Real Estate Deal Analysis & Advice

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Gabriel Vasquez
  • Sacramento, CA
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How to pull my money out?

Gabriel Vasquez
  • Sacramento, CA
Posted Dec 2 2022, 10:05

Hi Everyone, 

I am hoping find some advise on how I can pull my money out or use other credit card or heloc to replace my problem.

I bought my first rental property on November 14th 2022, I owner was willing to seller finance it to me. Therfore the finacing structure is as follows 

Sale Price: $223,000

Down payment: $30,000

Fianced: $193,000

Intrest: 4% 

Term: 15yrs 

Monthly Payment: ~$1,440

The Market Value of the rental is ~$285,000

I currently have a tenant in there paying $2,000 per month starting December 1st. They moved in on November 15th so I have recieved $2,000 (deposit) and $800 (prorated rent). My first payment to the owner is on Januray 2023. I used my credit card of a credit limit of $25k and $5k cash to pay for the down payment. Unfortantly, the credit card has a intrest APR of %18.99.

My question is: What can I do to get rid or lower the intrest of the credit card? 

Personal Background: I have W-2 job making ~$75K/yr. I currently have a primary home in which I have ~$90k in equity. I explored the option of getting a HELOC on my primary home but my debit to income ratio is above 50% therefore, I am struggling to get aproved for a HELOC. I also applied for another credit card with 0% intrest (for 18months) in hopes they will give me $25k in credit line but I have been getting denied. My other option that I want to explore is a business loan since I have wedding videography LLC business.

Thank you in advance!

Gabriel

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Kerry Baird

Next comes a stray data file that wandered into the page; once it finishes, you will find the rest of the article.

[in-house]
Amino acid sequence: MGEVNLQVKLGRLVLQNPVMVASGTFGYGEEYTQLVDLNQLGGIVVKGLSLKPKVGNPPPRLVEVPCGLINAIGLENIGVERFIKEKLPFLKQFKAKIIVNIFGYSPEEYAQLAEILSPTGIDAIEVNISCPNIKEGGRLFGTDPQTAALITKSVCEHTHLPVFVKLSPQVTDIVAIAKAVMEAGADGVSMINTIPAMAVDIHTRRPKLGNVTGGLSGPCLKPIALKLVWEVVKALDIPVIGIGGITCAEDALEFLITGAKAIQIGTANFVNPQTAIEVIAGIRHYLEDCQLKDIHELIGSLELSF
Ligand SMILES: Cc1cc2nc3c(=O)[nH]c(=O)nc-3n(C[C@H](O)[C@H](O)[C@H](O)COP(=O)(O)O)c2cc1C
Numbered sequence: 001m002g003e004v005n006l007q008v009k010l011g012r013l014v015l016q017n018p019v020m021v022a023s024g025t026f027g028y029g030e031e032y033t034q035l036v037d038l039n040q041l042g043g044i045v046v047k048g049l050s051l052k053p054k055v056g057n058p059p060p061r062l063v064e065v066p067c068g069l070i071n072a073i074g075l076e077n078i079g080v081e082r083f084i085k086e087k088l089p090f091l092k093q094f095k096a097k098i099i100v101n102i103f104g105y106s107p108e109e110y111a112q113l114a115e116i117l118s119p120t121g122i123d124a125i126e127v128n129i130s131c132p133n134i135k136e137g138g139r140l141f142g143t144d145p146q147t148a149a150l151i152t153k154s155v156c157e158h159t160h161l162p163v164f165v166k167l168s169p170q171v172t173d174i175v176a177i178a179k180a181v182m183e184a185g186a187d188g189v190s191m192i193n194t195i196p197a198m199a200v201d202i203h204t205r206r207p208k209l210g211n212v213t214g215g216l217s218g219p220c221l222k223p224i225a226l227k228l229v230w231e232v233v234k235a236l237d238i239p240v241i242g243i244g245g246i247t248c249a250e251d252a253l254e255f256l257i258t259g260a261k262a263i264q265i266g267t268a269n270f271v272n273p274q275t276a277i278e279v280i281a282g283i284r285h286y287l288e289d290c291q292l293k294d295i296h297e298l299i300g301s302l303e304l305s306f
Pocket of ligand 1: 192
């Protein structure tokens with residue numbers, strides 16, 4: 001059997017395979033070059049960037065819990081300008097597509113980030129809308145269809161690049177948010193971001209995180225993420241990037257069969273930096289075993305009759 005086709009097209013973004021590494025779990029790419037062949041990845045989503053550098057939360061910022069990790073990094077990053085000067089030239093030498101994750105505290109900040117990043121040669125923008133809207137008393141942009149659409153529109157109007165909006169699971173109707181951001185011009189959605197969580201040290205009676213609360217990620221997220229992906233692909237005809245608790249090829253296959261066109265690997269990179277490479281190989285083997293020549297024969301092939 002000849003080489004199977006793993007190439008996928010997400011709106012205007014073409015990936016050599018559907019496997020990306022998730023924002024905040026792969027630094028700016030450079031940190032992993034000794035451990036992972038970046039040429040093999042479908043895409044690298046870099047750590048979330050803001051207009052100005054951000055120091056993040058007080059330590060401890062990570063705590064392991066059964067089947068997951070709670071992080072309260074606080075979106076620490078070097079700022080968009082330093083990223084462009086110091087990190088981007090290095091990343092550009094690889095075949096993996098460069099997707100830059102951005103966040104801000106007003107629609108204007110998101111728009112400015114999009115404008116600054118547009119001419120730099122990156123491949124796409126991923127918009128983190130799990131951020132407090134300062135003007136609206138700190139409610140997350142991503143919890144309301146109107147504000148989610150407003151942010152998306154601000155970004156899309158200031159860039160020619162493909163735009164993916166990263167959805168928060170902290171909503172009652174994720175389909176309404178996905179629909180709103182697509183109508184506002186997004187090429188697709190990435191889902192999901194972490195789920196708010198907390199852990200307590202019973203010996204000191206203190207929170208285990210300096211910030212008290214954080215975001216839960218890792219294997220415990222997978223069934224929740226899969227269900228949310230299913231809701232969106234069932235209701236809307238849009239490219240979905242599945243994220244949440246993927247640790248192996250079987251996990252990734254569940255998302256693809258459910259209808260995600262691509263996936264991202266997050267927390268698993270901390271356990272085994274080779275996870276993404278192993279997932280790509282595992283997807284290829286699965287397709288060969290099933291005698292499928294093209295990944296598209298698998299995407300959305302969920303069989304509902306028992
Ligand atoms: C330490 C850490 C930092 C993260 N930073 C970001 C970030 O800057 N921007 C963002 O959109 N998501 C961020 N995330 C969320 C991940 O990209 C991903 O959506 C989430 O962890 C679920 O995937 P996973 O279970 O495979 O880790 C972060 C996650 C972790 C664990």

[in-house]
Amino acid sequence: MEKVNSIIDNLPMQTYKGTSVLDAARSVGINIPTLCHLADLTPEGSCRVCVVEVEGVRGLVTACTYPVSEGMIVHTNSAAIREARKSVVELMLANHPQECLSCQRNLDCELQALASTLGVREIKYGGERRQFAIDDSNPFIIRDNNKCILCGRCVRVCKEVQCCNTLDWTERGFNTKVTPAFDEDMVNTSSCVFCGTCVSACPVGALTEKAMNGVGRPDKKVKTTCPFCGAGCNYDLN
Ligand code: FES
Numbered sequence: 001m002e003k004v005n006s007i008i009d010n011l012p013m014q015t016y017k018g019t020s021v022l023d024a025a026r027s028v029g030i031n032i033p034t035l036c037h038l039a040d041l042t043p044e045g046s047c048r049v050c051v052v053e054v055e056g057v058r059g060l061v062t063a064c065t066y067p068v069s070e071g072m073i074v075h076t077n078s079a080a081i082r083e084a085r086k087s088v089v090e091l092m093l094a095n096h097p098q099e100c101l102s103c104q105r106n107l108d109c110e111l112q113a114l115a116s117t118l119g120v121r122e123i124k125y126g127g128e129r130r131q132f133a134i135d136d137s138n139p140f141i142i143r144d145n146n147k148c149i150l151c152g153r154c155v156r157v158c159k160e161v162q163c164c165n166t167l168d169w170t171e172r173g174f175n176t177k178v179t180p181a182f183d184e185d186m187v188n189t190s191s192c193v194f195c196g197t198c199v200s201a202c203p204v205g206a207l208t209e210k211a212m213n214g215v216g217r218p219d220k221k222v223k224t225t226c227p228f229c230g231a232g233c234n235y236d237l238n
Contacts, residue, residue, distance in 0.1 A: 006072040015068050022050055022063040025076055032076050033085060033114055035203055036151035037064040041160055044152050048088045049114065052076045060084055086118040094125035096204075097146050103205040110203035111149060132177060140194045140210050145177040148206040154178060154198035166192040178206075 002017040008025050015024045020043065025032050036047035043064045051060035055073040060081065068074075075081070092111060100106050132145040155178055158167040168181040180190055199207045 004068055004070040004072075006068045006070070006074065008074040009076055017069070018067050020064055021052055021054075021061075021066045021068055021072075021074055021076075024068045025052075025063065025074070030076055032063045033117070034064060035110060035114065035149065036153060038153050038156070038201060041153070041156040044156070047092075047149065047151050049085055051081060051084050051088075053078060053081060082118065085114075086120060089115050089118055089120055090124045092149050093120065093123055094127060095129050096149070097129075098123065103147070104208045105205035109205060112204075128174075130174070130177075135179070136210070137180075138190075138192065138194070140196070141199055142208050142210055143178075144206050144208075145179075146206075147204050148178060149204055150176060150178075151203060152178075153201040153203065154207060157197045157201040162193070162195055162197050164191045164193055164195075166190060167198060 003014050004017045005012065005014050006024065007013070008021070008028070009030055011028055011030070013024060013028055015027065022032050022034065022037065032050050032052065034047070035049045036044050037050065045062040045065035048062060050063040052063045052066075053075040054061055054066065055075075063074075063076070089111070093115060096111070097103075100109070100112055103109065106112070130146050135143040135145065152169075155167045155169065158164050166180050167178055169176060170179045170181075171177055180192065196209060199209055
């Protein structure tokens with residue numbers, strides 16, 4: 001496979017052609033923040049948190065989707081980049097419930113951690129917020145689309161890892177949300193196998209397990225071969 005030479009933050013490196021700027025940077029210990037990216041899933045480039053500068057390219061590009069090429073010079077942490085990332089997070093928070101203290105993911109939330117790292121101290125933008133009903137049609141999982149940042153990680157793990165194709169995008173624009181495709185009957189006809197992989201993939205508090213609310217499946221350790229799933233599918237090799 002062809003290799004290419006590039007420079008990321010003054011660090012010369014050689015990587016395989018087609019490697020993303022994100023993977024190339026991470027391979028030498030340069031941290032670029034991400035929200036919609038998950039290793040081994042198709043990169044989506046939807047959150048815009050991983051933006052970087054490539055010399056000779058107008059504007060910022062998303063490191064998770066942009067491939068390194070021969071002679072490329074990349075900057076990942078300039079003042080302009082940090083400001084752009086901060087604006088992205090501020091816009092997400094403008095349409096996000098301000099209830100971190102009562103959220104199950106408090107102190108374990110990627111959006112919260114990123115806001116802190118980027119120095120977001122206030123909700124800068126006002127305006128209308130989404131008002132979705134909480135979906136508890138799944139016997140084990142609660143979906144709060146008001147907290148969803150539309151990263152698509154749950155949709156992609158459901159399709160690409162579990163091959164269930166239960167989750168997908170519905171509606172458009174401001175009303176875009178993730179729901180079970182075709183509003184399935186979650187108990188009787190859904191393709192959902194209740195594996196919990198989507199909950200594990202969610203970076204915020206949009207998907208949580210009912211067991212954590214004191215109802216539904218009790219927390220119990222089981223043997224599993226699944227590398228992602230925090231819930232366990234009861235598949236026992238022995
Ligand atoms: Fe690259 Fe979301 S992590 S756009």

• Rental Property Investor
  • Melbourne, FL
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Kerry Baird
  • Rental Property Investor
  • Melbourne, FL
Replied Dec 5 2022, 08:03

If in the same shoes, I'd put that tenant deposit in an interest bearing account, to return to them at the end of their lease term.  I'd also set aside 3 to 6 months of mortgage payments for emergency purposes. 

Then use cash flow from the house, and cash flow from your wedding video business to pay off the credit cards.  You might do another side hustle or sell something, and knock that credit card out.

Do you have business credit for your LLC? Some business credit does not report to personal, such as the Chase Ink. I try to use my business credit and reduce what I hold in my personal name.

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Jacob Amaro
  • Lender
  • Los Angeles
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Jacob Amaro
  • Lender
  • Los Angeles
Replied Dec 5 2022, 08:48
Quote from @Gabriel Vasquez:

Hi Everyone, 

I am hoping find some advise on how I can pull my money out or use other credit card or heloc to replace my problem.

I bought my first rental property on November 14th 2022, I owner was willing to seller finance it to me. Therfore the finacing structure is as follows 

Sale Price: $223,000

Down payment: $30,000

Fianced: $193,000

Intrest: 4% 

Term: 15yrs 

Monthly Payment: ~$1,440

The Market Value of the rental is ~$285,000

I currently have a tenant in there paying $2,000 per month starting December 1st. They moved in on November 15th so I have recieved $2,000 (deposit) and $800 (prorated rent). My first payment to the owner is on Januray 2023. I used my credit card of a credit limit of $25k and $5k cash to pay for the down payment. Unfortantly, the credit card has a intrest APR of %18.99.

My question is: What can I do to get rid or lower the intrest of the credit card? 

Personal Background: I have W-2 job making ~$75K/yr. I currently have a primary home in which I have ~$90k in equity. I explored the option of getting a HELOC on my primary home but my debit to income ratio is above 50% therefore, I am struggling to get aproved for a HELOC. I also applied for another credit card with 0% intrest (for 18months) in hopes they will give me $25k in credit line but I have been getting denied. My other option that I want to explore is a business loan since I have wedding videography LLC business.

Thank you in advance!

Gabriel


 Hi Gabriel,

Thank you very much for sharing your situation, as many others can possibly relate to you! There are some Non-QM style "HELOC'S" that have more lenient debt to income ratio's with higher CLTV limits. This may be an easy solution to help pay off the high APR credit card!